The Best View of InSight

The HiRISE camera on NASA's Mars Reconnaissance Orbiter got its best view yet of the InSight lander on September 23, 2019.
October 16, 2019
CreditNASA/JPL-Caltech/University of Arizona
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The HiRISE camera on NASA's Mars Reconnaissance Orbiter got its best view yet of the agency's InSight lander on Sept. 23, 2019.

HiRISE has been monitoring InSight's landing site on the Red Planet for changes such as dust-devil tracks (the slightly dark diagonals streaks crisscrossing the surface). This new image clearly shows the two circular solar panels on either side of the lander body. From end to end, the panels span 20 feet (6 meters); the image was taken from an elevation of 169 miles (272 kilometers) above the surface. The bright spot on the lower side of the spacecraft is the dome-shaped protective cover over InSight's seismometer. Surrounding the spacecraft is a dark halo created by retrorocket thrusters scouring the surface during landing. Dark streaks seen crossing diagonally across the surface are dust-devil tracks.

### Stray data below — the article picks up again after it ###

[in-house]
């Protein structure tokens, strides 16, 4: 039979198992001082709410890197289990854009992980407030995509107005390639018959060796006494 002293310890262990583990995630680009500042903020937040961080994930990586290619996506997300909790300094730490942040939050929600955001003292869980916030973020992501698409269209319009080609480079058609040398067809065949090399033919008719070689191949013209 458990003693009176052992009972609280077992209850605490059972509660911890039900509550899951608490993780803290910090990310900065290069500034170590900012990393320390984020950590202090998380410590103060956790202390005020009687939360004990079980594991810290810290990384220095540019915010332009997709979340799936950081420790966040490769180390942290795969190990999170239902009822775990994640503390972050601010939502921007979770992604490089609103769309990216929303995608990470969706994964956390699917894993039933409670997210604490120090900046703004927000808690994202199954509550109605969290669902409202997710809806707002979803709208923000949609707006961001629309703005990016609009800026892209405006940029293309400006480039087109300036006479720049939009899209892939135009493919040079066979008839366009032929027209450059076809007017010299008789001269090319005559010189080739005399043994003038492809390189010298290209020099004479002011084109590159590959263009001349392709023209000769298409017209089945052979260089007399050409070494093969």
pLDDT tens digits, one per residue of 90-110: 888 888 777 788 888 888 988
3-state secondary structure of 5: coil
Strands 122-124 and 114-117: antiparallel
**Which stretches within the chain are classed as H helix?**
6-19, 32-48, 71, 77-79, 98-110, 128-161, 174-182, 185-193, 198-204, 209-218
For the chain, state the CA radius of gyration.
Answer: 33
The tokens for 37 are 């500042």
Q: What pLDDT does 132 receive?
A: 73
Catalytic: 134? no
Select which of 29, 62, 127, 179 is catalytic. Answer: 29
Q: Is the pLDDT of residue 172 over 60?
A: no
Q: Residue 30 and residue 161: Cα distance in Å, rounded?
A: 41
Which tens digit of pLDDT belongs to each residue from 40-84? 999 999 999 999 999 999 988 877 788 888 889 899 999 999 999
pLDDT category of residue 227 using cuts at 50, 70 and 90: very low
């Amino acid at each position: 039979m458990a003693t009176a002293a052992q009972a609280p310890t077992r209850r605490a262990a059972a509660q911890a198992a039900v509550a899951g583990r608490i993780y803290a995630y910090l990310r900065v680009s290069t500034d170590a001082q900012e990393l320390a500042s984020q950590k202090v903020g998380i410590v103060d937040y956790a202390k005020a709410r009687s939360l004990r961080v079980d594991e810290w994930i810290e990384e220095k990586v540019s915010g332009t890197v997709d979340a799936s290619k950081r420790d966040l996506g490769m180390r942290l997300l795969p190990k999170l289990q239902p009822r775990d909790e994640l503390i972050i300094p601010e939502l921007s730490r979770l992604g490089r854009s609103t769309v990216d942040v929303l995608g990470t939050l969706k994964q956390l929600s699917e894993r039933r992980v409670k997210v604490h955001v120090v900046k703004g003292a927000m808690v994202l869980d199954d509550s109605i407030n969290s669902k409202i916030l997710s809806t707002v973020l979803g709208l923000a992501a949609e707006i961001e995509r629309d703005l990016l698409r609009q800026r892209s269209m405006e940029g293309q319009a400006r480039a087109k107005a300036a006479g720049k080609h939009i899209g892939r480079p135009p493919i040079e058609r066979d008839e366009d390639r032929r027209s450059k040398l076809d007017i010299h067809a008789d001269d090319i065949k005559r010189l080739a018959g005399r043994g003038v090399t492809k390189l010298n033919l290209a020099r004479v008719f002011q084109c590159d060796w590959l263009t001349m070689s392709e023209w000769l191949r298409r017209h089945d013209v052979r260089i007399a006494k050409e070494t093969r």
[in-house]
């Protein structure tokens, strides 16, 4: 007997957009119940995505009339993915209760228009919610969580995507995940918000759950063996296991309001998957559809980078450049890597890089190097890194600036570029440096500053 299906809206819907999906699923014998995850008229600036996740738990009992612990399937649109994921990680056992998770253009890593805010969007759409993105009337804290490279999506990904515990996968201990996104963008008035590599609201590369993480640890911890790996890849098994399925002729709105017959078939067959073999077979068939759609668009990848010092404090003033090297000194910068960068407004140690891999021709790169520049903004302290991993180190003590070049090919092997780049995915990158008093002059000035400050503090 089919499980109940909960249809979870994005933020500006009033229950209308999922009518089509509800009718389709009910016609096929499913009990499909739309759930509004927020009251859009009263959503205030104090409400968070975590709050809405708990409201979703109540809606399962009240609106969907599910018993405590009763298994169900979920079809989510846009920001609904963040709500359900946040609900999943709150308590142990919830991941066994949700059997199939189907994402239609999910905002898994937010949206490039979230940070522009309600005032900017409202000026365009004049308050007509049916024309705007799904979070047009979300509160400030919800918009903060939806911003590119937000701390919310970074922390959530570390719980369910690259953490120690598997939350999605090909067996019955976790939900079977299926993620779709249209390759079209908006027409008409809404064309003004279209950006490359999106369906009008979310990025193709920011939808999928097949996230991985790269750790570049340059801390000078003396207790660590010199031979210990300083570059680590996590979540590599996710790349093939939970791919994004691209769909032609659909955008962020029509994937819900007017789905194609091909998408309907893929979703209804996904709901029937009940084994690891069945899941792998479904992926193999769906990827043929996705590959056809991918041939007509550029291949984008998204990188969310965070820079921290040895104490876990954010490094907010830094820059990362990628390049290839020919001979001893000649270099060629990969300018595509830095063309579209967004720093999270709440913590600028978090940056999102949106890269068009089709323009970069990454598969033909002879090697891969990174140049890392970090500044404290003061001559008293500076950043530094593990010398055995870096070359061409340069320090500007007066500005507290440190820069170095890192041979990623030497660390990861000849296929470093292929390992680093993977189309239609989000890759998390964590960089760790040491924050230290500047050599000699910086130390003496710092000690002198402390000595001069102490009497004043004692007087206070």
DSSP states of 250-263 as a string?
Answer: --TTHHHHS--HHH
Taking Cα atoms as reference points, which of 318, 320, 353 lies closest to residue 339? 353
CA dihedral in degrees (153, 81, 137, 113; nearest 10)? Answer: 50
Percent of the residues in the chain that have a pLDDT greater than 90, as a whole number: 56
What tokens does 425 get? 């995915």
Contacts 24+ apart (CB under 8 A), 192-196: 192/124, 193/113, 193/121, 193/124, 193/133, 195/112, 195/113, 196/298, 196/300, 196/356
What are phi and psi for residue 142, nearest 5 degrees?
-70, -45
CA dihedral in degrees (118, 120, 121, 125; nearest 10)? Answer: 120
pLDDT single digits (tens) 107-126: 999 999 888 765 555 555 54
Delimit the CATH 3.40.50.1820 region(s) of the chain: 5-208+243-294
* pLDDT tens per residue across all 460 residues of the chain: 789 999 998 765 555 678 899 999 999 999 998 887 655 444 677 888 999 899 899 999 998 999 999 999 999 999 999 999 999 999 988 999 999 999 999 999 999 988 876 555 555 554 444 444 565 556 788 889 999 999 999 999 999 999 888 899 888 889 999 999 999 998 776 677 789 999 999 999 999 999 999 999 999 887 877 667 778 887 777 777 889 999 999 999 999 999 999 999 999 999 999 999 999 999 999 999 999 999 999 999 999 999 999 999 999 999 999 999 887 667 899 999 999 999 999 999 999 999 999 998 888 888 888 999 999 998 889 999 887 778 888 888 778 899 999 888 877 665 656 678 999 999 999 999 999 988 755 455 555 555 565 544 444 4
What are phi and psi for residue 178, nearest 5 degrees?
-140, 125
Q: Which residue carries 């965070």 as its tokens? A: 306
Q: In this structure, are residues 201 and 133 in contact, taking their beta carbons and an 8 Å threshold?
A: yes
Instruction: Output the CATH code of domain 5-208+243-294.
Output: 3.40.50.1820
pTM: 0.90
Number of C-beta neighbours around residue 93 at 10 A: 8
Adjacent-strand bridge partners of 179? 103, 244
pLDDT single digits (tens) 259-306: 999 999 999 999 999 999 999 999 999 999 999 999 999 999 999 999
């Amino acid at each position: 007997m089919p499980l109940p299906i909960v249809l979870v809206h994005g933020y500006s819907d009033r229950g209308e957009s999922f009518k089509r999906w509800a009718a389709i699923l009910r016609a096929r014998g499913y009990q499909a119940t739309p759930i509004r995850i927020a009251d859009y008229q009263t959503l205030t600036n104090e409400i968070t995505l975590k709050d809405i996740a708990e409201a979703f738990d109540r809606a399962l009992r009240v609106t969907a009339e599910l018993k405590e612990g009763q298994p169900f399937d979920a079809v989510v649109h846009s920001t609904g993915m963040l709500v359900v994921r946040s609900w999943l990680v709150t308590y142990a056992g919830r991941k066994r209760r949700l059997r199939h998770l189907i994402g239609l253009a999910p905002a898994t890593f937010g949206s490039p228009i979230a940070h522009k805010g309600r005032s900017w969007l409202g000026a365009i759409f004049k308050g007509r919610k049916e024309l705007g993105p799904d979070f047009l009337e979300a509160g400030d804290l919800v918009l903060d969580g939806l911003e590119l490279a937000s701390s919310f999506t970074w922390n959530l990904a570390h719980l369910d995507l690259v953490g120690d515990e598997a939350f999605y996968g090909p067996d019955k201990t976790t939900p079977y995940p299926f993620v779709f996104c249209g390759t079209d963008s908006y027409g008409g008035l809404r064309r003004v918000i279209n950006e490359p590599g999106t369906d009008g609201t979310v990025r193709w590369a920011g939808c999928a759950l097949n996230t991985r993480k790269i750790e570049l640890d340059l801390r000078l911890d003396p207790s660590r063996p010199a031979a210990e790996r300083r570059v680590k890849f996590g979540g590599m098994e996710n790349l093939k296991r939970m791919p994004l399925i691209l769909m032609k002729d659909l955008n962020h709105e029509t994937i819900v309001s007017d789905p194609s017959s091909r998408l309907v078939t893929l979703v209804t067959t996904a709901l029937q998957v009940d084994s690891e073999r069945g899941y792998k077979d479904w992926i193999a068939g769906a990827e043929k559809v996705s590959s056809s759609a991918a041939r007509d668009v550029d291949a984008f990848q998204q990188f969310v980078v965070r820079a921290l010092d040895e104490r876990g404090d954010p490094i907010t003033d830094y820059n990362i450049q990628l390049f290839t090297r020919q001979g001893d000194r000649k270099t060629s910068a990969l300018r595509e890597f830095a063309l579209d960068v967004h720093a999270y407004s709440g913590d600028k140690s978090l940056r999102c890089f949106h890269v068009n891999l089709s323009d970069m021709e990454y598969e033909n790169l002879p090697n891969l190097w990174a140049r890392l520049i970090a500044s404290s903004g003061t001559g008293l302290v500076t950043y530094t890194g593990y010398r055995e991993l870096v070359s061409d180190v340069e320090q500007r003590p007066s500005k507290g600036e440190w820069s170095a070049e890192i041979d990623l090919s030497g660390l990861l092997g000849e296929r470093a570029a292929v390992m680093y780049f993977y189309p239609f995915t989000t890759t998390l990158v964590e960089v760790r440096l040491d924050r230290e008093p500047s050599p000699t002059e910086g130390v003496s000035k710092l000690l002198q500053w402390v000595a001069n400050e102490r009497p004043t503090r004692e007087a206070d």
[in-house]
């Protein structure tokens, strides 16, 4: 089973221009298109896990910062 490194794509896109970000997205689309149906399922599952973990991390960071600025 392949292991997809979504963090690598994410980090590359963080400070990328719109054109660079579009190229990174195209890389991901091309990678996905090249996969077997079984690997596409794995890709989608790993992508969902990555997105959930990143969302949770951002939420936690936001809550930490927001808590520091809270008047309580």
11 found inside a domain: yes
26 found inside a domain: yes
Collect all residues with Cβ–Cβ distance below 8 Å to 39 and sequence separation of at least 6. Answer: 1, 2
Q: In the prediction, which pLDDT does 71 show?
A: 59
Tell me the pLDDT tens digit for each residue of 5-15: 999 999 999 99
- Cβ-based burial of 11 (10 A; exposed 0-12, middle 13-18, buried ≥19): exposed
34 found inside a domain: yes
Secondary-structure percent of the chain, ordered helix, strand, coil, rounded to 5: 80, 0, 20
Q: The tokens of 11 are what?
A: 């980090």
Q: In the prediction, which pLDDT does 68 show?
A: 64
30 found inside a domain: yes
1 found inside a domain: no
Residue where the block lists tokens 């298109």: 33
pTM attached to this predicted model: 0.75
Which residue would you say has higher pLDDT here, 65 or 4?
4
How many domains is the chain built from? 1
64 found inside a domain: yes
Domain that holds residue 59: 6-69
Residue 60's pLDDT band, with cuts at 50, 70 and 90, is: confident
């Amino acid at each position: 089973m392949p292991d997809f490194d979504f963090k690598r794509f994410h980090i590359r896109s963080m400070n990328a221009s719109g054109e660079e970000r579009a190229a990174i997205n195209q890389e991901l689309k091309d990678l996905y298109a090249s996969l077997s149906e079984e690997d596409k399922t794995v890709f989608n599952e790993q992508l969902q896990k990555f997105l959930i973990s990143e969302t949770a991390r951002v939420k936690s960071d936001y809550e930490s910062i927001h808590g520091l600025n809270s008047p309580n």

Several factors make this image crisper than past images. For one thing, there's less dust in the air this time of year compared to before. And shadows are offset from the lander because this is an oblique view looking west. Moreover, the lighting was better for avoiding the bright reflections from the lander or its solar panels that have obscured surrounding pixels in other images. The seismometer cover to the south of the lander is still bright because its dome shape always produces a mirror-like reflection over some small area.

NASA's Jet Propulsion Laboratory in Pasadena, California, manages both the orbiter and lander missions for NASA's Science Mission Directorate in Washington. JPL is a division of Caltech. The University of Arizona in Tucson operates HiRISE, which was built by Ball Aerospace & Technologies Corp. in Boulder, Colorado.